Crisis in Central Africa
The aid agency Oxfam is warning about a rapidly worsening humanitarian situation in Eastern Chad.
Refugees from the fighting across the border in Sudan's Darfur region have been in Eastern Chad for some time. Now however, tensions between local groups are adding to the problem and there are tens of thousands of displaced people facing increasingly tough times.
World Today spoke to Roland van Hauwermeiren who heads the Oxfam operation in Chad.
When it comes to drawing attention to crises of this kind, it helps to get big names involved.
That's why the UN children's agency, UNICEF, has for years used celebrity goodwill ambassadors. The Hollywood film star Mia Farrow -- also well-known for her marriage to filmmaker Woody Allen -- is in the Central African Republic right now for UNICEF.
She spoke to the World Today from Makounda, on the border with Chad.
The roots of the trouble.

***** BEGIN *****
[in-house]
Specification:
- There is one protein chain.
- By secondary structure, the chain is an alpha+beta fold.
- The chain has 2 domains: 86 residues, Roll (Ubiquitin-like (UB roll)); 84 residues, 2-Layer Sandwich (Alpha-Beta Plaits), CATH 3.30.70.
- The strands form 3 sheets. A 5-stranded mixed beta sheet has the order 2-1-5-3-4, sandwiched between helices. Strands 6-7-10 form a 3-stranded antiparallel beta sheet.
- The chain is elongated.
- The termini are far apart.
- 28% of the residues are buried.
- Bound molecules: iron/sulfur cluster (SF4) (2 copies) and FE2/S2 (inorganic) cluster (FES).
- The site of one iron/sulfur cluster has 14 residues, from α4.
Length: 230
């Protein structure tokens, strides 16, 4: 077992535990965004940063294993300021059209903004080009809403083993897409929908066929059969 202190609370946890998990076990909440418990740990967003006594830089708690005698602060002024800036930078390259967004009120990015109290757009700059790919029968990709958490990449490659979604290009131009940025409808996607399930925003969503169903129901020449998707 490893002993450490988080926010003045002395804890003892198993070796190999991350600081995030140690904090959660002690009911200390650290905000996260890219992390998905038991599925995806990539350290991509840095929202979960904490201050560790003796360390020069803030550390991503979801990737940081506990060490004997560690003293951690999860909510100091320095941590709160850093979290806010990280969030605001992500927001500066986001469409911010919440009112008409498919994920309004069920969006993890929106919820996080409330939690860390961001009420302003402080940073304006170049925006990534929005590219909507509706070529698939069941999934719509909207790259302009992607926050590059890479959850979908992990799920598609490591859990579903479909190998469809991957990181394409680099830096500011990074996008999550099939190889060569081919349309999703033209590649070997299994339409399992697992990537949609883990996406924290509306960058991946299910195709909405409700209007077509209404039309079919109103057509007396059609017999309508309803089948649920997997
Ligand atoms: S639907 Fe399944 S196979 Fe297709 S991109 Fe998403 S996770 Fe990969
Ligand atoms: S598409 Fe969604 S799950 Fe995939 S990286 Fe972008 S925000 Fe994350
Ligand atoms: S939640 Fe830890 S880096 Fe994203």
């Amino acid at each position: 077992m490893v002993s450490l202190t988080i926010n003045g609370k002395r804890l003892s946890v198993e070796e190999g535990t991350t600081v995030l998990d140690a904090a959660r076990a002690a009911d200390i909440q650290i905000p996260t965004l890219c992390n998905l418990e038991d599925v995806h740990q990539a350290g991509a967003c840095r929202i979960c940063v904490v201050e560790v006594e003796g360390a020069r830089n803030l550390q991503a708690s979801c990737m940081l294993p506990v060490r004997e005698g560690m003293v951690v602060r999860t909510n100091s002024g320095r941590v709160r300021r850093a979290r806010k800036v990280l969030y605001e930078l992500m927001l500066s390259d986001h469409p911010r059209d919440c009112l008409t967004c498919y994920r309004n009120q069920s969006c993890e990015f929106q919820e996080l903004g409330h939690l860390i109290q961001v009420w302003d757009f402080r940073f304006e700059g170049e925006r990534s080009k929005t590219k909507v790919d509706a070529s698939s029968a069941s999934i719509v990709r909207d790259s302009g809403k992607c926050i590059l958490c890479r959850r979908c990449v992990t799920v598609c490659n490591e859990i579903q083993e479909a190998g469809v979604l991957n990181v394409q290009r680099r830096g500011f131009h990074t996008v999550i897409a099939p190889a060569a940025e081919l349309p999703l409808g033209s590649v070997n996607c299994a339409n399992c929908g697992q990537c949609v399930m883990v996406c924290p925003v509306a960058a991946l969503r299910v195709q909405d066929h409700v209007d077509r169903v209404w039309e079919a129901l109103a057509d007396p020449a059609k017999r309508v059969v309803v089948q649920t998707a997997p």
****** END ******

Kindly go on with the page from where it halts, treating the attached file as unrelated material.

The beginning of the Darfur Crisis can be traced back to the eruption of an anti-government rebellion in the west of Sudan four years ago this month.
The government responded with bombing raids and by unleashing the militiamen who killed and raped civilians, torched villages and gave the world a new word: the Janjaweed.
At least 200,000 people have died in Darfur with two and a half million forced from their homes. Almost a quarter of a million Darfuri refugees are languishing in camps in Eastern Chad largely out of the world's sight.
Africa correspondent, Orla Guerin, has been visiting the refugees and the rebels.
First broadcast 15th February 2007